Cold weather has returned to most parts of the U.S. To help you make it through yet another winter, this Tailgate focuses on how to protect yourself from cold stress-related illnesses and injuries.
How Cold is Too Cold?
Four factors contribute to cold stress: cold temperatures, high or cold wind, dampness and cold water. Cold air, water and snow all draw heat from the body, and a cold environment forces the body to work harder to maintain its temperature. Wind chill – the combination of air temperature and wind speed – also has an influence on cold stress. For example, when you’re outside in an air temperature of 30 F and a wind speed of 20 mph, your skin is exposed to conditions equivalent to an air temperature of 17 F. A wind chill calculator can be used to determine wind chill if the air temperature and wind speed are known.
While it is obvious that below-freezing conditions combined with inadequate clothing may bring about cold stress, it is important to understand that it can also be brought about by temperatures in the 50s coupled with rain and wind.
Your Body’s Reaction to Cold
When in a cold environment, most of your body’s energy is used to keep your internal temperature warm. Over time, your body will begin to shift blood flow from your outer skin and extremities – your hands, feet, arms and legs – to your chest and abdomen. Any exposed skin and your extremities will cool rapidly and the risk of frostbite and hypothermia will increase. When combined with cold water, trench foot may also be a problem.
Hypothermia is a potentially serious health condition that occurs when the body has fallen to a subnormal temperature. It often develops when someone is in a cold environment and body heat is lost faster than it can be replaced. Onset typically begins when the body temperature drops below the normal 98.6 F to around 95 F. The person affected begins to shiver and stomp their feet in order to generate heat. As their body temperature continues to fall, the person will stop shivering and begin to demonstrate slurred speech, lack of coordination and memory loss. Once the body temperature falls to around 85 F, the person may become unconscious. At 78 F, the person could die.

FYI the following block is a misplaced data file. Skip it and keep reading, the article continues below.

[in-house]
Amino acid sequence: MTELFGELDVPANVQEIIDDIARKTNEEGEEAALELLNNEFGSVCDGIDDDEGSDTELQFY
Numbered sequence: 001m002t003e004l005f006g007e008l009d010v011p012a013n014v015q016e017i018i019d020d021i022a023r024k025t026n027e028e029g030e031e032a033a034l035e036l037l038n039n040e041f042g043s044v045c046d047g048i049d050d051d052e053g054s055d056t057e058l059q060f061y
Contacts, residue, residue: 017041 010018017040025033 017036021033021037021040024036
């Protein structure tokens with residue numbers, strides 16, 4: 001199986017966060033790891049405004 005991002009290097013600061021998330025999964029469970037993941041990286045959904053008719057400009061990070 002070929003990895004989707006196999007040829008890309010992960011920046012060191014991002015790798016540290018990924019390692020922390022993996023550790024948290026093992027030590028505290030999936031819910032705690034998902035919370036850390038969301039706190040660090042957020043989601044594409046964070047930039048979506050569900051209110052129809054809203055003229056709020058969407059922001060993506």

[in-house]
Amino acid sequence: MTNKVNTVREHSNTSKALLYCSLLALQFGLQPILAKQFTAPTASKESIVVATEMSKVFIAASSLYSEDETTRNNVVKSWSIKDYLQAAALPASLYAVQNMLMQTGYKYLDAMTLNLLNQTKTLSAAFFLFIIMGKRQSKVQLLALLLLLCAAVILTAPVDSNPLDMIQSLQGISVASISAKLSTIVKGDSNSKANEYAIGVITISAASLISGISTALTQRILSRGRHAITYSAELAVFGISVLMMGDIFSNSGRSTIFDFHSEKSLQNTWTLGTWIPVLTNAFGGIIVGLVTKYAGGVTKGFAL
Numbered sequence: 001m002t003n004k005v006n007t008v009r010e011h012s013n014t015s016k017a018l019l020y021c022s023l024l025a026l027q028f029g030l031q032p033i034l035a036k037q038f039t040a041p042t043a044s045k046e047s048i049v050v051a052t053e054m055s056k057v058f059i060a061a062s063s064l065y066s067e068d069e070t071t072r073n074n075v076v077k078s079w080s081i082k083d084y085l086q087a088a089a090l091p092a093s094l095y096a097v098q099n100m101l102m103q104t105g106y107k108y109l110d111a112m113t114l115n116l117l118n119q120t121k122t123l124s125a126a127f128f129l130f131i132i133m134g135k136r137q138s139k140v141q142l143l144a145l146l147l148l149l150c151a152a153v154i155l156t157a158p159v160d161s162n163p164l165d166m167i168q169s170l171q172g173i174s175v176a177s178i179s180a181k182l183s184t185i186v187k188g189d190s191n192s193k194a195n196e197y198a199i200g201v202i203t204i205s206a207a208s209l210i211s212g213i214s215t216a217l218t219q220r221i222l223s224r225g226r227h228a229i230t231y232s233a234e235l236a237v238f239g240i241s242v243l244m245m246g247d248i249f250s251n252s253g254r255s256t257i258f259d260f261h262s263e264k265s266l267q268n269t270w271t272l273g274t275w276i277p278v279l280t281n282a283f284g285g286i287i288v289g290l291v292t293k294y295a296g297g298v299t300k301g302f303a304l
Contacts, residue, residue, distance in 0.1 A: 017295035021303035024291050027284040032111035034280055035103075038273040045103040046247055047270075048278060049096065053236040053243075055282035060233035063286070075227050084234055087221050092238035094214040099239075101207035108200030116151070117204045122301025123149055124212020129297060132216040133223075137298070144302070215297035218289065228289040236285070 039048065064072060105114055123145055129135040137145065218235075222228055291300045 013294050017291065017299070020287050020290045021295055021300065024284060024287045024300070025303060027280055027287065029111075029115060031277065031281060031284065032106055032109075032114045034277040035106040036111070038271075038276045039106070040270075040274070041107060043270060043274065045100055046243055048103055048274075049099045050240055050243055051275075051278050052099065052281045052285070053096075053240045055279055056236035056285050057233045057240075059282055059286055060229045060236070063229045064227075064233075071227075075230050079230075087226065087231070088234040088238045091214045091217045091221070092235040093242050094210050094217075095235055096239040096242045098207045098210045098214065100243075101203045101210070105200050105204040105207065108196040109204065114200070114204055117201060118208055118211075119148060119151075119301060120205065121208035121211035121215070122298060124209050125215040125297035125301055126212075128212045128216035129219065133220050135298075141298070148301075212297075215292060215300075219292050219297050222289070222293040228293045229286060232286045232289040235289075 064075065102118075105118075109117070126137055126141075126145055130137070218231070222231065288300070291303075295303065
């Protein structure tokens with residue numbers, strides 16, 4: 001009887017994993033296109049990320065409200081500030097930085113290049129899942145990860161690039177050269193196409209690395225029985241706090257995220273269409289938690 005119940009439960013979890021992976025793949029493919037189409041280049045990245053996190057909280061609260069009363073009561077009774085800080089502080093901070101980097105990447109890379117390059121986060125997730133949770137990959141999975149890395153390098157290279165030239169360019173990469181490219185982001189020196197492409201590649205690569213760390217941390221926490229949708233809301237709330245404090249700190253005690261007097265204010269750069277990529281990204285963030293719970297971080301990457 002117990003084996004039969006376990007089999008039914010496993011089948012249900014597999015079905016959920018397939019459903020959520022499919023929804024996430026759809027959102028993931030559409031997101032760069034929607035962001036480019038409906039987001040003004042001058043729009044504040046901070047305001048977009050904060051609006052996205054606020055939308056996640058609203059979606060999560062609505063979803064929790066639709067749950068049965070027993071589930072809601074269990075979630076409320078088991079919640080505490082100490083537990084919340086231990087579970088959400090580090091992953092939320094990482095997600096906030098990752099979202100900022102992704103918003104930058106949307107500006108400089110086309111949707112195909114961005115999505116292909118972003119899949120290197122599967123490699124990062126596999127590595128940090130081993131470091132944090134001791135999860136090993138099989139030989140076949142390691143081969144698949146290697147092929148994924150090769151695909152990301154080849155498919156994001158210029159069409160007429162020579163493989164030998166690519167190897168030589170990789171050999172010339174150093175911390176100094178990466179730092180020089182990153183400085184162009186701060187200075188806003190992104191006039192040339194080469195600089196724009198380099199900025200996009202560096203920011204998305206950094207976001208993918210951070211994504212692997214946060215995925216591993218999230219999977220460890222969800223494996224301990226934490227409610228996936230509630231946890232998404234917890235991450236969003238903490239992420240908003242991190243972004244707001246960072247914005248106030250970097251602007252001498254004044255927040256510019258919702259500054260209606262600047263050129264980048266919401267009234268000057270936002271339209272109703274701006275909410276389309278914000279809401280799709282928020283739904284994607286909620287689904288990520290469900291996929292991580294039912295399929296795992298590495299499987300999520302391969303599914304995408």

Who’s at Risk?
Cold stress is a risk for anyone working in a cold environment. However, older people may be at greater risk than younger adults since older people are not able to generate heat as quickly.
Preventing Cold Stress
When you’re going to be working in cold weather, planning is your most important defense. Wearing appropriate clothing and being aware of how your body will react to the cold are instrumental in the prevention of cold stress. Avoiding alcohol, certain medications and smoking can also help minimize risks.
Wearing the right clothing is the best way to avoid cold stress. The type of fabric you choose makes a big difference between keeping you warm and allowing you to get too cold. Cotton loses its insulation value when it becomes wet. Wool, on the other hand, retains its insulation even when wet. Electric and gas workers should never wear untreated synthetics such as rayon, nylon or polyester because these fabrics are known to melt into skin exposed to arc or flash. Many new products on the market provide both flame resistance and excellent climate protection.
The following are clothing recommendations to remember when you’re working in cold environments:
• Wear at least three layers of clothing: A flame-resistant outer layer to break the wind and allow ventilation; a middle layer of wool to absorb sweat and provide insulation even when wet; and an inner layer of cotton or flame-resistant synthetic weave to allow ventilation.
• Wear a hat. Up to 40 percent of body heat can be lost when the head is exposed.
• Wear insulated boots or other cold weather protective footwear.
• Keep a change of dry clothing available in case your work clothes become wet.
• Do not wear tight clothing. Loose clothing allows better ventilation.
By incorporating these cold weather basics into your routine and working a good plan, you will keep yourself and your crew safe and free from cold stress-related illnesses and injuries.
About the Author: John Boyle is vice president of safety and quality for INTREN, an electric, gas and telecommunication construction company based in Union, Ill. Boyle has more than 28 years of experience, and has worked in nuclear and wind power generation and electric and gas distribution.
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